Romney Humphries, chief of the clinical microbiology lab at the University of California, Los Angeles, described similar considerations as factors influencing lab directors' purchases.
"Ten years ago, there were hardly any FDA-cleared molecular diagnostics on the market for infectious diseases," Humphries noted. "In the last five years, or even in the last two, it's just exploded."
She noted that labs have the ability to run lab-developed tests provided there are no FDA-cleared alternatives available. "If there is an FDA-cleared test, technically you should be running the FDA-cleared test," she said.
Labs think about capital equipment. "A lot of these assays have pretty big, expensive instruments that you need in order to run them, and many of them are for fairly high throughput," she said.
Having a different platform for each different assay is problematic, so labs also try to consolidate as much as possible.
Which specimen types are cleared is also important. "We do a lot of liquid cytology specimens usually collected for pap smear, and there are a couple of different manufacturers of that liquid cytology preservative; not all of the assays have FDA-clearance for all of those," Humphries said.
The available menu is also really important to lab directors. "To give an example, in our lab right now we run Abbott m2000 for chlamydia and gonorrhea. That's the only assay that we run on that platform, which maybe is OK because we process enough specimens so that instrument is running full time, all the time. But if it goes down, we're stuck because we don't have a back-up instrument," Humphries said.
She also pointed out that labs need to train technicians to run different test methods, so it makes staffing more difficult when a director has to make sure everyone is "cross trained on all the different tasks." Some assays also require more cleaning procedures, which increases hands-on time.
"The ideal would be to have one platform that does all of your high-throughput molecular infectious diseases screening — [human papillomavirus], chlamydia, gonorrhea, Trichomonas vaginalis, and so forth," Humphries said.
In terms of sensitivity and specificity, Humphries noted that although the NAATs are purportedly quite similar, for gonorrhea there have been some assays that have cross-reacted with other Neisseria species. This is particularly a problem when testing non-FDA-cleared specimens like throat and anal swabs. "There may be normal flora there that cross-react with your assay, so that is something we spend a lot of time thinking about," she said. Similarly, targets for chlamydia testing are cryptic phages, and some strains in Europe have lost the phage, which could lead to a false negative result.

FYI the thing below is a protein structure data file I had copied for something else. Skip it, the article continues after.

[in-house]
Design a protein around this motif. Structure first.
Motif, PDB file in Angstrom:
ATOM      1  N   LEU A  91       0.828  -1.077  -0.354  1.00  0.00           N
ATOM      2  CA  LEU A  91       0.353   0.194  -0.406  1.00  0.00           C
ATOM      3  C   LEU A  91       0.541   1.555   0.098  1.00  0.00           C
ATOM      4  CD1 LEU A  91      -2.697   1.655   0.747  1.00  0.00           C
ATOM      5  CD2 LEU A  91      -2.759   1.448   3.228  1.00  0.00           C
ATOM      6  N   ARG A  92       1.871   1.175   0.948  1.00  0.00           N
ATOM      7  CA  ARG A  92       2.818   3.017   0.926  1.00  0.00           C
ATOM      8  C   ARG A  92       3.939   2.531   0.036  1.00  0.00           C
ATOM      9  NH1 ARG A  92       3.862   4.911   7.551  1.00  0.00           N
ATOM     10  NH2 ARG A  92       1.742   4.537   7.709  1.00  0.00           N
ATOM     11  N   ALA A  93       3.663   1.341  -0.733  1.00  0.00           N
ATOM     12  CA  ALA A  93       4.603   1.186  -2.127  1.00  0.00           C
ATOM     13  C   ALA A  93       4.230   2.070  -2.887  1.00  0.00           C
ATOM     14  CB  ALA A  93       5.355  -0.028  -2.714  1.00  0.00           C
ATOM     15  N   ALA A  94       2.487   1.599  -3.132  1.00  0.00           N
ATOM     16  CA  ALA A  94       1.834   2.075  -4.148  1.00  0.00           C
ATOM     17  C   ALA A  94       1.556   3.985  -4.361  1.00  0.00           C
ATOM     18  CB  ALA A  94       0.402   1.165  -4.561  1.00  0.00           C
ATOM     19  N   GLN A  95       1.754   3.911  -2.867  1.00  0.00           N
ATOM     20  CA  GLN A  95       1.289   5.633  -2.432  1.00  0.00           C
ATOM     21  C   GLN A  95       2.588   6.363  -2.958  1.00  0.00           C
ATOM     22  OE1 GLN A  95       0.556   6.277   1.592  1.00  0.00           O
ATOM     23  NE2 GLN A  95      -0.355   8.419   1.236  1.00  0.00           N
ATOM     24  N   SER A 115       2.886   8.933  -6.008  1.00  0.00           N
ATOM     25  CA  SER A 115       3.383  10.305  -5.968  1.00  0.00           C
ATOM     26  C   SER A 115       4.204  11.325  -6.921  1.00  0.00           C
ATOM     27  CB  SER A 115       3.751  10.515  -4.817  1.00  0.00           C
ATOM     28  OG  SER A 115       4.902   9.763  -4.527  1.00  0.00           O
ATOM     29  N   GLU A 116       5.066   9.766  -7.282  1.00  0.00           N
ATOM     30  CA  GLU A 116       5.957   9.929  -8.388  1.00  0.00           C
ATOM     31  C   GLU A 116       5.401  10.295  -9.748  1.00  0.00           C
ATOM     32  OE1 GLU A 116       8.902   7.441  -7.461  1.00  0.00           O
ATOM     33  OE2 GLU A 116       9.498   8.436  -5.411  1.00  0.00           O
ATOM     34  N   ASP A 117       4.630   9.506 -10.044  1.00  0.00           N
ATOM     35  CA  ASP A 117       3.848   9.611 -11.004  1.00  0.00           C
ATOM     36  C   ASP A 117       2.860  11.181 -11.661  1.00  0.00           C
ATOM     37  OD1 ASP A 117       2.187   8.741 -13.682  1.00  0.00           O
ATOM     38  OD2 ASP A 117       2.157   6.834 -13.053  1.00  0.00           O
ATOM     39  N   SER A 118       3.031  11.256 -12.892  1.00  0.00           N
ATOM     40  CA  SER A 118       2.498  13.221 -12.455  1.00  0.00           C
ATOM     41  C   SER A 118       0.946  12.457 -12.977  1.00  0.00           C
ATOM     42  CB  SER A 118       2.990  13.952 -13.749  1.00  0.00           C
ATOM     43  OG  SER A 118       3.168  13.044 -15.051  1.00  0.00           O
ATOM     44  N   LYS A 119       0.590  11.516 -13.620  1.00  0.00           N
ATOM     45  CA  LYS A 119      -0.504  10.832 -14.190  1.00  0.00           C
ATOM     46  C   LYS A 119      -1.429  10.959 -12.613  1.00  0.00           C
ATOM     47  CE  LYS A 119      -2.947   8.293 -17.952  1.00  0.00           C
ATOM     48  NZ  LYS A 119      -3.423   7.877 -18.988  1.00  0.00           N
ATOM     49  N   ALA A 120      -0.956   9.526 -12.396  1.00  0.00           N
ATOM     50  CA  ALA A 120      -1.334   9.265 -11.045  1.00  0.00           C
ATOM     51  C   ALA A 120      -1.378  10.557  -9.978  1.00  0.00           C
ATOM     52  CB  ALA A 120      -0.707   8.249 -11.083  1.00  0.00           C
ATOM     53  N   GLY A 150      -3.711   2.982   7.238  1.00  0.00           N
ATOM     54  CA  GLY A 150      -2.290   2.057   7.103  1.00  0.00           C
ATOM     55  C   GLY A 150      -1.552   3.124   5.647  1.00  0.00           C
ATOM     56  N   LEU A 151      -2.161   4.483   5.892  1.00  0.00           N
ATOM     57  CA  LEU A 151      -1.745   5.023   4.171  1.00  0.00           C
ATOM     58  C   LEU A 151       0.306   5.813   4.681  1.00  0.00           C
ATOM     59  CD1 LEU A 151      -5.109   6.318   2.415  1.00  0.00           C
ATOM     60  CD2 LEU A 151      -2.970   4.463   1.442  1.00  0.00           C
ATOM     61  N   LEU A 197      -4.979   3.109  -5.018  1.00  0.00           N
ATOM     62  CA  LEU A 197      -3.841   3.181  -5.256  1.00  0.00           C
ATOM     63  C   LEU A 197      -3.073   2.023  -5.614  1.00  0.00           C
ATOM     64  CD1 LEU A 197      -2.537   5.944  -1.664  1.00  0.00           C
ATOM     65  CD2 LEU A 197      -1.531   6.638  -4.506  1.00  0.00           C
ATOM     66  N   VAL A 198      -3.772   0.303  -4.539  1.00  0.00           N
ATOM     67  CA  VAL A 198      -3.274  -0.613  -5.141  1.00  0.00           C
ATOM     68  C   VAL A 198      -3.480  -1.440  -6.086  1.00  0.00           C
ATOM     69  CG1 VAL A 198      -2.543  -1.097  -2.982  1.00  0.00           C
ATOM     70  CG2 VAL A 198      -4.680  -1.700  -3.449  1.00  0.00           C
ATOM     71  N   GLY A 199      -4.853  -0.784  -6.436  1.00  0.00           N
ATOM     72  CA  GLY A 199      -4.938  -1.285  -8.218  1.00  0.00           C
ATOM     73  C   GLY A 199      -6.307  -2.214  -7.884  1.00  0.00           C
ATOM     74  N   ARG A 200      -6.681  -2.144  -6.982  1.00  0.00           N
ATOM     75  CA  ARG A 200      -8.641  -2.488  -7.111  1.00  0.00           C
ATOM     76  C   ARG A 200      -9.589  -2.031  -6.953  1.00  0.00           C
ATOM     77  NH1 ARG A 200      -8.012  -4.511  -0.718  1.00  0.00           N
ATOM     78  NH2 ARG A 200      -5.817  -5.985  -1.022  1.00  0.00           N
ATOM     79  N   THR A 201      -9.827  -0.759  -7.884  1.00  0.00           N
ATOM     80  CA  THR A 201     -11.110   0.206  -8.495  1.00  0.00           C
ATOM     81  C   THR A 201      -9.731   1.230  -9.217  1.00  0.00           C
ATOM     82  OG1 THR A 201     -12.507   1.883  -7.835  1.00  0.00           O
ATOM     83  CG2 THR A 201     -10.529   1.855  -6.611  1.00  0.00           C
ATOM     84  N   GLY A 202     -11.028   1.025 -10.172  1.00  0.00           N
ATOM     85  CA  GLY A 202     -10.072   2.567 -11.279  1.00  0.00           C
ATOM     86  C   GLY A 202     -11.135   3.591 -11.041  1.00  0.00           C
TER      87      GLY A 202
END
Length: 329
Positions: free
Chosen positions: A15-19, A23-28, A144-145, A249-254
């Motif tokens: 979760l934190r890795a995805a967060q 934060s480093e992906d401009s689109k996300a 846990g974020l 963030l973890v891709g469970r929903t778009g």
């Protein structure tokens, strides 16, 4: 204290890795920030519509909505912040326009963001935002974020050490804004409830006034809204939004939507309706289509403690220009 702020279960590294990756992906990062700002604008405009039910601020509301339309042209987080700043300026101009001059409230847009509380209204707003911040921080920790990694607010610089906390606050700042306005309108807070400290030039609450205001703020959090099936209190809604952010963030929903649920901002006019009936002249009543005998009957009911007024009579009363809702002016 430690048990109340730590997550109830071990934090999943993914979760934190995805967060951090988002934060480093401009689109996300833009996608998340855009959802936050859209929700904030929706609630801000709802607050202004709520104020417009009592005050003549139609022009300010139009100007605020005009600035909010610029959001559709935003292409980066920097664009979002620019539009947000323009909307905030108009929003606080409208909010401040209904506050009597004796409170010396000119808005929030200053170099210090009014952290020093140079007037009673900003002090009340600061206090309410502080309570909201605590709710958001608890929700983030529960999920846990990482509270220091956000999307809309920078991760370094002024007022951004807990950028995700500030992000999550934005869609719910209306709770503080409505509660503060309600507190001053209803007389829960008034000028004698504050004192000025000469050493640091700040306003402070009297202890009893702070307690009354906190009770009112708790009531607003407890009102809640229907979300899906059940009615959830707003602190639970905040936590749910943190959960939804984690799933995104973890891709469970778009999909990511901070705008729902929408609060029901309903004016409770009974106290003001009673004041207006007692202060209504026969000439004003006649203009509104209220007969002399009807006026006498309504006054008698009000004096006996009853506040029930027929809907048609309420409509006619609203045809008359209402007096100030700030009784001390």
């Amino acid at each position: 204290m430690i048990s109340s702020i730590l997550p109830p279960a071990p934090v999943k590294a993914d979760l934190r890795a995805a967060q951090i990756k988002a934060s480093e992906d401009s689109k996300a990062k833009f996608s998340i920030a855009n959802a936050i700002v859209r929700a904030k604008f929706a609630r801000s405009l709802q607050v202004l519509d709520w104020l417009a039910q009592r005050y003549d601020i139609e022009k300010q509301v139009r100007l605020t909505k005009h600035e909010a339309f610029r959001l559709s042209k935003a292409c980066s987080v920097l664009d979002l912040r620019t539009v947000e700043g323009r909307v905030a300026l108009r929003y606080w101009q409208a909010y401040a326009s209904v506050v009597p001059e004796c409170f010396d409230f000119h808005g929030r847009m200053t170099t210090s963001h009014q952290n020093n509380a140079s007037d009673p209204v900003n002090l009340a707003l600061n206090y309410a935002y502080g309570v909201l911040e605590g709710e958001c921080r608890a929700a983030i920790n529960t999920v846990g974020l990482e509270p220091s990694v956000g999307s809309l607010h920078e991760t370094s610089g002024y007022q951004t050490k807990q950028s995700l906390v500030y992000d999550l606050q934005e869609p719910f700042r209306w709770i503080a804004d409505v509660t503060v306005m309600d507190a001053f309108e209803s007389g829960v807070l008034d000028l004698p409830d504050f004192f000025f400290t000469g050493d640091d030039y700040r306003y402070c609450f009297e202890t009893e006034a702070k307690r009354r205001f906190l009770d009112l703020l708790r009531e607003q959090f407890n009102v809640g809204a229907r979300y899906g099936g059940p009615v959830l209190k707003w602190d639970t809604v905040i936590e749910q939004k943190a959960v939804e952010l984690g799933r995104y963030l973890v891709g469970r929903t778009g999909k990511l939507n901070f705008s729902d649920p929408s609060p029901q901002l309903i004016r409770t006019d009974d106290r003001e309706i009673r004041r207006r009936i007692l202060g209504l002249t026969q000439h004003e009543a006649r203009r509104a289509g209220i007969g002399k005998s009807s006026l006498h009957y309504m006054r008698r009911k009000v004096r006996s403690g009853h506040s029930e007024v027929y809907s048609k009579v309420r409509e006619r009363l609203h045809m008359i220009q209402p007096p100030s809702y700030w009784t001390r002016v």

Importantly, retaining the ability to do culture-based testing is still required, Humphries noted. It is particularly valuable for symptomatic infections, and in efforts to stave off the development of a gonorrhea "superbug," which some researchers see as a looming threat.
But if all the NAATs perform really well, "it really comes down to workflow," Humphries said.
Existing data on NAATs was not sufficient to show any benefit for routine screening of all men. But both the meta-analysis and the test makers interviewed for this story pointed out that non-invasive molecular tests using urine samples are a huge leap forward over urethral swabs for men.
From the commercial perspective, sample niche is key. Becton-Dickinson makes the ProbeTec ET system and CT/CG Q amplified DNA assay, both of which are mentioned in the diagnostic accuracy assessment by the USPSTF.
"What we are seeing is different in the new guidelines is a statement about the use of self-collected vaginal swabs as the preferred sample in women, and urine as the preferred sample for men," explained Nikos Pavlidis, director of the worldwide market segment for BD Diagnostics. "Also, this is the first time that we have seen some guidelines on the use of molecular tests for non-genital specimens for high-risk groups, specifically pharyngeal and rectal swabs," Pavlidis noted.
The recommendation to test self-collected vaginal swabs was particularly interesting to Pavlidis, who pointed out that BD has an FDA claim for this type of specimen. That, and the recommendation for non-genital testing, might drive labs to expand testing in general, he suggested. BD's FDA claim for liquid-based cytology specimens, both SurePath and ThinPrep, could also provide an edge, Pavlidis suggested.
BD's recently-launched Viper LT platform also addresses needs for automation in small and medium labs, while the Viper XTR is for automated testing for high-volume and reference-type labs. "We have quite an extended portfolio of automated solutions that enable these labs to adapt or automate their testing," Pavlidis explained. The assays also have a reduced number of unreportable results, enabling labs to report results faster and allowing clinicians to deliver treatment more quickly.